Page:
Friday, July 18, 2008

Garrett and Pinsky Make the Cut

Veteran religion journalists Lynn Garrett (Publishers Weekly) and Mark Pinsky (Orlando Sentinel) have made the rolls of those who have lost jobs due to recent staff reductions at newspapers and periodicals. Might this be the beginning of a trend to cut religion reporting?

Terry Mattingly, at GetReligion, comments, "I remain convinced that religion is a topic that makes the palms of many editors sweat in an unnatural way. They just don’t get it. They don’t get why religion is so important to so many people. Thus, it is hard to value the work of professionals who are driven — for a variety of reasons — to focus on this topic in mainstream journalism. The religion beat remains, in way to many newsrooms, a marginal affair."

Christianity Today reports, "Over his 13 years on the religion beat, first at the Los Angeles Times then at the Sentinel, Pinsky established a reputation for being one of the best reporters on the beat. His beat was broad, but in the hometown of Campus Crusade for Christ, Wycliffe Bible Translators, and Strang Communications, Pinsky developed a particular expertise in evangelical Christianity. He recounted his experience and reporting in a book, A Jew Among Evangelicals. . . .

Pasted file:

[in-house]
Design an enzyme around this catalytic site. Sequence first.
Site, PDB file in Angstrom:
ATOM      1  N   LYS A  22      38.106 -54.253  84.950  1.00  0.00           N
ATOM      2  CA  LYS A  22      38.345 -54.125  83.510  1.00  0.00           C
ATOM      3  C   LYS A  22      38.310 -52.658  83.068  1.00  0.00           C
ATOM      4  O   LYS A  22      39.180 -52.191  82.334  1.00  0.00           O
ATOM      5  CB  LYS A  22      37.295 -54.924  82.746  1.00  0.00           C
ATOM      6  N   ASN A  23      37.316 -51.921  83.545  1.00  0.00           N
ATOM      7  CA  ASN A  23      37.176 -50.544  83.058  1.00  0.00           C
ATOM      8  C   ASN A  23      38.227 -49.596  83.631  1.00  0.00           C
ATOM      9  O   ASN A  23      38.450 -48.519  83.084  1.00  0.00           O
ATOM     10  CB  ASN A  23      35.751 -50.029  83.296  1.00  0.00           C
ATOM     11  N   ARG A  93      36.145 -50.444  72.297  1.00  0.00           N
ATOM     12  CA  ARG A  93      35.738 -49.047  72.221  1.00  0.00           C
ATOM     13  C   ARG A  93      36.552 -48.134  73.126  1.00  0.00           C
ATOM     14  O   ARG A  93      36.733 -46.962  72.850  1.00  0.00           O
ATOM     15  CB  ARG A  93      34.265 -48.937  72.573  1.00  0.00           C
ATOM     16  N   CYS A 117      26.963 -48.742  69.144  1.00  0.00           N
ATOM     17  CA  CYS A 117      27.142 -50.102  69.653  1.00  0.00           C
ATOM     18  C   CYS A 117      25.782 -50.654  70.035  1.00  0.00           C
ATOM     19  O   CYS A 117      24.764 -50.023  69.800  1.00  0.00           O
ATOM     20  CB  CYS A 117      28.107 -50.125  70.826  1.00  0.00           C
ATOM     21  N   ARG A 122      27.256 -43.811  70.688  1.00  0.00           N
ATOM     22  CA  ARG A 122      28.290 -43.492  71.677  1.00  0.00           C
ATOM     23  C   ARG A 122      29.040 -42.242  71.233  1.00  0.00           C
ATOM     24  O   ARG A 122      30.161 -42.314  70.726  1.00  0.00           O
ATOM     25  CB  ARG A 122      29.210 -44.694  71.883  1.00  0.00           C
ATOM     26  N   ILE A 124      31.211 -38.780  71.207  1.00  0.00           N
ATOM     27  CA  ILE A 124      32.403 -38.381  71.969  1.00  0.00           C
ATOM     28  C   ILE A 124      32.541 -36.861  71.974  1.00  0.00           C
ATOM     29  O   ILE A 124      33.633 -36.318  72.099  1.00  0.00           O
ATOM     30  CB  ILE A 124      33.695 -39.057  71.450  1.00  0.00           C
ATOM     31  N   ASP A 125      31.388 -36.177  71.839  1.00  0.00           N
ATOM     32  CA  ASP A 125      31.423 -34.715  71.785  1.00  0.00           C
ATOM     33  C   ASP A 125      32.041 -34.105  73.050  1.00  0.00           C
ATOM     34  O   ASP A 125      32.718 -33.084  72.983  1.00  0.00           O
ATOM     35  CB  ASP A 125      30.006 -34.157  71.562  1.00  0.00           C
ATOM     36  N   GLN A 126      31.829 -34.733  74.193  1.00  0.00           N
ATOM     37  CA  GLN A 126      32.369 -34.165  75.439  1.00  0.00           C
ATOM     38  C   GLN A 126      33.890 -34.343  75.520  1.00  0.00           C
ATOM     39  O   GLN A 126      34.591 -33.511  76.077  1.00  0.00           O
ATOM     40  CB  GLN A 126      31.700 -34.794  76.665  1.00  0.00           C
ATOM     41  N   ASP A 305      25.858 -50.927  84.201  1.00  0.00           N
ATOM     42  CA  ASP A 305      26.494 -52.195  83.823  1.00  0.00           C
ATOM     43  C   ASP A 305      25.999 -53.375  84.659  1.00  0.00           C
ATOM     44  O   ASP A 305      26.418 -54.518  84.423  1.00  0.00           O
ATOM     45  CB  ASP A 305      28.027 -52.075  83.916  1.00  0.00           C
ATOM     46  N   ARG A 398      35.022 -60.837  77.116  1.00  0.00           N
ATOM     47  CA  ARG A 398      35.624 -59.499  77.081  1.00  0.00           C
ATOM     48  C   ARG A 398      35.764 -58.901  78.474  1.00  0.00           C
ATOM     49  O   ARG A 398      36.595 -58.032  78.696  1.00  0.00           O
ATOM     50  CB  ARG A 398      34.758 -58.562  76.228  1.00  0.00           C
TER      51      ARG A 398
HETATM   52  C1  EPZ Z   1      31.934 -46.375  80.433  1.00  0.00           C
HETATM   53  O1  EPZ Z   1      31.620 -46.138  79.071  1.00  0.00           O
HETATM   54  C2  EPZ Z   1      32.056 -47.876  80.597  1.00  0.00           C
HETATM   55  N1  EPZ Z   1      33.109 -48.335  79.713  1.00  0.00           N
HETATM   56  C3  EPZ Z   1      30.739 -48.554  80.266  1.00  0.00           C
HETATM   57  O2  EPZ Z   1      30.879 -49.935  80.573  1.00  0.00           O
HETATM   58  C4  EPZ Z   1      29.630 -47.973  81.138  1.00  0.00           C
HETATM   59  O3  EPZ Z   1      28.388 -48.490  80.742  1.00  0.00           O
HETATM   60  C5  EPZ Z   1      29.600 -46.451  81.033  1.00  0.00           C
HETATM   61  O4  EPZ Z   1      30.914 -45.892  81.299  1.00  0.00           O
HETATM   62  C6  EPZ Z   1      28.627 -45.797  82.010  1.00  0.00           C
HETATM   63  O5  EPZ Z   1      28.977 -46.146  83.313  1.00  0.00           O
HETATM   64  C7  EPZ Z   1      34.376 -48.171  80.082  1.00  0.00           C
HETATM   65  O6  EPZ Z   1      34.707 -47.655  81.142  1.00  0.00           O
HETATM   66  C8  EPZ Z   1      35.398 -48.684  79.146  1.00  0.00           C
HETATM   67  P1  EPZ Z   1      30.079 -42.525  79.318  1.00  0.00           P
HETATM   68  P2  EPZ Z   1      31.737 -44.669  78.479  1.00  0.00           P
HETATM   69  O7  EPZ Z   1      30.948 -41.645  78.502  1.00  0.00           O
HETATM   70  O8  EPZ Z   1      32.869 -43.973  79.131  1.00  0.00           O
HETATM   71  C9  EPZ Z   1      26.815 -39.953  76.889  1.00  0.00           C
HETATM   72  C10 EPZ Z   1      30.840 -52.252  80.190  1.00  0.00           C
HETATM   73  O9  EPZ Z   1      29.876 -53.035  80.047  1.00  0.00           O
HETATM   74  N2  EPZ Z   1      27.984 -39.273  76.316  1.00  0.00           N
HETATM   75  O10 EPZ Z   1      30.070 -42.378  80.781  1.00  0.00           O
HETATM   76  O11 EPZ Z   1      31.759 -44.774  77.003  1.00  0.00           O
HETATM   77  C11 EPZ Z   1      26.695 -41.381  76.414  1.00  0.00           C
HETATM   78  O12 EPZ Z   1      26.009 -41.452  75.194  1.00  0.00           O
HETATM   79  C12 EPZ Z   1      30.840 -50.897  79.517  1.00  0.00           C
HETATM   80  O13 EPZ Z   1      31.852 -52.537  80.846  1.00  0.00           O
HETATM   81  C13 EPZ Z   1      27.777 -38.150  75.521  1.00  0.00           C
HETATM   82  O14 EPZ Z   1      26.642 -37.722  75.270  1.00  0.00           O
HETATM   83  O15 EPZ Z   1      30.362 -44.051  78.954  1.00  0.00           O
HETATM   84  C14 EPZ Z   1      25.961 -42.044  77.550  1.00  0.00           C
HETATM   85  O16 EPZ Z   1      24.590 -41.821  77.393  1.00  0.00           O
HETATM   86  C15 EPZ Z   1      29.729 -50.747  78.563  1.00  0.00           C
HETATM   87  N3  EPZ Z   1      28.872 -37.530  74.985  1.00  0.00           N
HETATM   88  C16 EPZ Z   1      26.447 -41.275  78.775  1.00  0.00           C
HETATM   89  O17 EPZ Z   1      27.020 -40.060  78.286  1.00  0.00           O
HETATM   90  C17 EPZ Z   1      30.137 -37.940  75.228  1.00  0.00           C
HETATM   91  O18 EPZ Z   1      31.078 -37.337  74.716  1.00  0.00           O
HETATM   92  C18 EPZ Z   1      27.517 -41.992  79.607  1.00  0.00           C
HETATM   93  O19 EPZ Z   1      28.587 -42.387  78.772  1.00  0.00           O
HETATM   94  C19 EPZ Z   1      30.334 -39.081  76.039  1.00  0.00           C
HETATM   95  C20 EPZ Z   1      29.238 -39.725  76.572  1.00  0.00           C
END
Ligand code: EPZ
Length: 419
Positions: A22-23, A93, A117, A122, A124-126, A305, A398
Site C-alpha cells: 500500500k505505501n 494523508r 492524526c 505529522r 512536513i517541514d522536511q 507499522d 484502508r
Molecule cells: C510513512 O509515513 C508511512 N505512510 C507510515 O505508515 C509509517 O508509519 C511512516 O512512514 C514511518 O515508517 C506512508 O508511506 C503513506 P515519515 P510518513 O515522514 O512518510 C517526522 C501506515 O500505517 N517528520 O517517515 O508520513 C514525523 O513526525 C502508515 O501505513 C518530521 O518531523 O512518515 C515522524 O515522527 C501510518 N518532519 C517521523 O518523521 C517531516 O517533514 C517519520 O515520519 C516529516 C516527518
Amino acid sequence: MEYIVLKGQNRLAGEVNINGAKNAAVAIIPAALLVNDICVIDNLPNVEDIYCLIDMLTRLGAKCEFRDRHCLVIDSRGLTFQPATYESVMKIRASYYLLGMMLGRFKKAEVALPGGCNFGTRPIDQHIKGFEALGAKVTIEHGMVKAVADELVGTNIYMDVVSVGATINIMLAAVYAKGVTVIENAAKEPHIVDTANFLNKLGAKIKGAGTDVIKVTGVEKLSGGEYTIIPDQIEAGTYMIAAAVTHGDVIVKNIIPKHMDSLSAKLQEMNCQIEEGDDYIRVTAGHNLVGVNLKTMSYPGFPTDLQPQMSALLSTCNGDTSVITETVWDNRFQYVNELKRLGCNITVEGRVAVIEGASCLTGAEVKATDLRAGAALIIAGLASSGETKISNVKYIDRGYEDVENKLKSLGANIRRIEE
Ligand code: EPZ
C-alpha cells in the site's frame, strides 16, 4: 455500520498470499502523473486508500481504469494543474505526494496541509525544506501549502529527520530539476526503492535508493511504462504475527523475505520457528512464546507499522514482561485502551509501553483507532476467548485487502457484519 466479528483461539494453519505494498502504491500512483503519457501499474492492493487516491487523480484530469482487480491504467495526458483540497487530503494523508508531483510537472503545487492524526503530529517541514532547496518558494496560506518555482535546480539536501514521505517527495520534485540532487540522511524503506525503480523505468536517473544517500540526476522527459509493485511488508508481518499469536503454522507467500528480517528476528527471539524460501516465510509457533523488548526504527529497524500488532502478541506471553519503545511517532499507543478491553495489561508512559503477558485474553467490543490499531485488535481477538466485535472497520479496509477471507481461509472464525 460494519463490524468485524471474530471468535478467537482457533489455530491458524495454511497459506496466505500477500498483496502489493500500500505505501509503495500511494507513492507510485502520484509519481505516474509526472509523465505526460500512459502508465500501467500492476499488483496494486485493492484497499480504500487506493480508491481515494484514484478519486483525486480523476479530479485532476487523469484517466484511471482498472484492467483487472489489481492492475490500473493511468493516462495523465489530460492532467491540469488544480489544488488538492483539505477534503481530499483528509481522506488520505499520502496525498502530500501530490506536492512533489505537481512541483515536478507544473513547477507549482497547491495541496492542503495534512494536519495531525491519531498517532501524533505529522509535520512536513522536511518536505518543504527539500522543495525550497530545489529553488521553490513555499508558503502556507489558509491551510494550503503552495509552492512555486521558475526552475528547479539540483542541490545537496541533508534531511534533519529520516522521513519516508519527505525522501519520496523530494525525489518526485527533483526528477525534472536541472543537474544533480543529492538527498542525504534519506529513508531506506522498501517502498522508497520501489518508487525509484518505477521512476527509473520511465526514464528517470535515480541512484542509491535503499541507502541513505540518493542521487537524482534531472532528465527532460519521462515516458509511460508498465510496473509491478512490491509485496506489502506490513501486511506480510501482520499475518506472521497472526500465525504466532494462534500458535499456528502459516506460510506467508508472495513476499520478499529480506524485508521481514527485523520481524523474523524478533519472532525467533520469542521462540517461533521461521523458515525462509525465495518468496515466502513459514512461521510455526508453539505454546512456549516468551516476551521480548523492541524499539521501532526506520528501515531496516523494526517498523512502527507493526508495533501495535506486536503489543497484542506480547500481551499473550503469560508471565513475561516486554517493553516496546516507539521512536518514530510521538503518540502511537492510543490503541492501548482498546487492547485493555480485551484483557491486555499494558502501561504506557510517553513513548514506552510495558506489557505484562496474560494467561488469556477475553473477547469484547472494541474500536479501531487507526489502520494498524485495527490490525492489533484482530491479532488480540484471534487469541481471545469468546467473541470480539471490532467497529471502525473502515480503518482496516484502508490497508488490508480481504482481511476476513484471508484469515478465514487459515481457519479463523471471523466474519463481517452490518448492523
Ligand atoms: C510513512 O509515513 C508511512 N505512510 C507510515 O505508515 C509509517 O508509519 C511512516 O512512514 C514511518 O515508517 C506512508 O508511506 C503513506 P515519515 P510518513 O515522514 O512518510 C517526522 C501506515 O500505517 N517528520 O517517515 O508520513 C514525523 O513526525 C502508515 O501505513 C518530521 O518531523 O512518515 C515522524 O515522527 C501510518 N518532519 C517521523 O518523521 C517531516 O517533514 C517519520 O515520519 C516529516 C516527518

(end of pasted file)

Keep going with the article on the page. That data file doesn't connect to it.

Pinsky also established himself as must-read reporter on the nexus of faith and entertainment culture. Westminster John Knox recently published an expanded version of his 2001 The Gospel According to The Simpsons, and in 2004 published his similar book, The Gospel According to Disney.

Lynn Garrett was cut when Reed Business Information slashed 41 employees in early June. Penton layed off 42 employees just two months after CEO John French announced a hiring freeze and asked company managers to reforecast all revenue and expenses for 2008.

Meredith layed off 60, eliminating positions from its book division and from its broadcasting division. Taunton, the Connecticut-based publisher of hobbyist magazines has cut 9 employees from its workforce

These are hard times for journalists, but especially hard for religion journalists. Now is when their faith gets tested!

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